Concrete cancer, also known as concrete shedding, is a serious problem that can affect the structural integrity of a building if left undiagnosed and untreated. It occurs when reinforcing steel inside concrete corrodes due to water and salt air absorption, causing cracks in the concrete and exposing the steel to further corrosion. Fortunately, there are several ways to identify and treat concrete cancer before it becomes a major issue. The first step in treating concrete cancer is to identify the cause.
Common causes include waterproofing membrane failure, gaps around the membrane, and carbonation of concrete and low concrete coverage. If you can see rust spots, see that the problem you've discovered seems larger than you initially thought, or you can see the steel itself, it will be a sign that the concrete has chipped and it's time for you to hire a professional to identify the cause and get to the task of rectifying the problem as soon as possible. Once the cause has been identified, there are several ways to treat concrete cancer. If the damage is moderate, you may be able to remove damaged concrete, clean and replace oxidized and exposed steel, and fill in cracks.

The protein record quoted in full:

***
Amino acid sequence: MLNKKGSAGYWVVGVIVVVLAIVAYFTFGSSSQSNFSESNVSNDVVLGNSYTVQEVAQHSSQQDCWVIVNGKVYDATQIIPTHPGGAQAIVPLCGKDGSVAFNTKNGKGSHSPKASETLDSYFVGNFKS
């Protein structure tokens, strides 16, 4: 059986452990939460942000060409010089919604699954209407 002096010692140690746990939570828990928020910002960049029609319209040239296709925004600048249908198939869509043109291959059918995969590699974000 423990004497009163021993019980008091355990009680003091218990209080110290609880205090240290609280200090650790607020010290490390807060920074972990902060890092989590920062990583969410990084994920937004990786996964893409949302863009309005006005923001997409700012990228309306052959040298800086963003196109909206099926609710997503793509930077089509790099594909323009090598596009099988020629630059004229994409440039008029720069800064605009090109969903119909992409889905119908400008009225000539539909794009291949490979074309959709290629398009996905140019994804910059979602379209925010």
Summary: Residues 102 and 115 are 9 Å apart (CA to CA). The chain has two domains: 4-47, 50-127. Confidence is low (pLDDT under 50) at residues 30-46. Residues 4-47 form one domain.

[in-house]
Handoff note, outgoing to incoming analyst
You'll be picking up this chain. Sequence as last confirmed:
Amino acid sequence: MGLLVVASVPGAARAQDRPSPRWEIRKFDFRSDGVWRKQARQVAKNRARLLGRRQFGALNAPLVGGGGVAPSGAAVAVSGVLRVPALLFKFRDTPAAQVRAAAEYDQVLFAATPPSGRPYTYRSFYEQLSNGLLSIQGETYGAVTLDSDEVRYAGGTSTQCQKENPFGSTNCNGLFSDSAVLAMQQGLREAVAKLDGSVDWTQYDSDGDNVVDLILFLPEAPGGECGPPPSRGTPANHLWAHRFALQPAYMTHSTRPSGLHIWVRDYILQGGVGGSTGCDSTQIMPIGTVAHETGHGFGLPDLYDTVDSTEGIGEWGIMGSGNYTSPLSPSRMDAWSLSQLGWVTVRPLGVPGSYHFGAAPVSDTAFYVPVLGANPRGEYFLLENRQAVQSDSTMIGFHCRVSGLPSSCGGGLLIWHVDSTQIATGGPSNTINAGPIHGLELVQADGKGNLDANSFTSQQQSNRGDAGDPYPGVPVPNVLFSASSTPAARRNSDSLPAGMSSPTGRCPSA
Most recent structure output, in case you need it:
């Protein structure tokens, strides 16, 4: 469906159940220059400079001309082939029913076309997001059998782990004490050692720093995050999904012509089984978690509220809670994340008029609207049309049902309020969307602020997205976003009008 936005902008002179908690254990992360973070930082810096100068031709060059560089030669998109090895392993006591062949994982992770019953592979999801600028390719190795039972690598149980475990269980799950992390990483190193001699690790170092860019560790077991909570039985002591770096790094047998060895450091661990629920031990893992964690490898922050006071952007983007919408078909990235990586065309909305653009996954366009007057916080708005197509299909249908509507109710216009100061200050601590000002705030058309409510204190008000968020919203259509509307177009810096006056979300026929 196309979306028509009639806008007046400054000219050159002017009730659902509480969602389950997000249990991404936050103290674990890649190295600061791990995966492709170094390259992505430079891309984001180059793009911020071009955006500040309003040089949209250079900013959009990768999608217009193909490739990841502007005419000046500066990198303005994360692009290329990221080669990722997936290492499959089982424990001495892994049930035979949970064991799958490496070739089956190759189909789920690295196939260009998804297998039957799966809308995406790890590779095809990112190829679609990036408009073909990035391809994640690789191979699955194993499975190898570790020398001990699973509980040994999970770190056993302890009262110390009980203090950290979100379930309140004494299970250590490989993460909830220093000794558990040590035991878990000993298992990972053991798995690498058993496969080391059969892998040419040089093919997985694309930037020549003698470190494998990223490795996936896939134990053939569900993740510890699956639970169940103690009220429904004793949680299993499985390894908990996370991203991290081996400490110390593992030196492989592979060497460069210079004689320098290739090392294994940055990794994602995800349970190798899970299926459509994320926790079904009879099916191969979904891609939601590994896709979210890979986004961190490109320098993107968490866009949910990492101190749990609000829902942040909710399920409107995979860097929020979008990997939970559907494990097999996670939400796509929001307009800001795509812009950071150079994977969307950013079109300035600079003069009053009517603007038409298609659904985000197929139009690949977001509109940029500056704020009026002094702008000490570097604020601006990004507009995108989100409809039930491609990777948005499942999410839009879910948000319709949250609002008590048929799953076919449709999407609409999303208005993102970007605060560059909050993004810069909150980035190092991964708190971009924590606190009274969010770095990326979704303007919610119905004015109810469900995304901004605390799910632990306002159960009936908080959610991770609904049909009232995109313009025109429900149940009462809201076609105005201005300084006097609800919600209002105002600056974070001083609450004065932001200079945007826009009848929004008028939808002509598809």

If the damage is more severe, a polymer-modified repair system may be necessary. This method starts by removing the concrete around the affected area and cleaning up the rusted steel. Then, a steel primer is applied and a polymer-modified material is placed on top. An anti-carbonation sealant is usually also placed over the entire surface of the concrete to reinforce its strength.
In addition to repairing damaged areas, it's important to take steps to prevent further damage. This may include applying protective coatings to make reinforcing bar resistant to corrosion or using an anti-carbonation coating or other specialized coating to strengthen and preserve the concrete. For near-ocean properties, site-specific electrochemical treatment may be necessary. Regardless of whether the damage is severe or moderate, waterproofing and integral sealing after repair are important to minimize the risk of cancer recurrence in concrete. Concrete cancer is a serious problem that requires timely and professional identification and treatment in order to prevent further damage.
If you can see rust spots, see that the problem you've discovered seems larger than you initially thought, or you can see the steel itself, it will be a sign that it's time for you to hire a professional to identify the cause and get to work on rectifying the problem as soon as possible.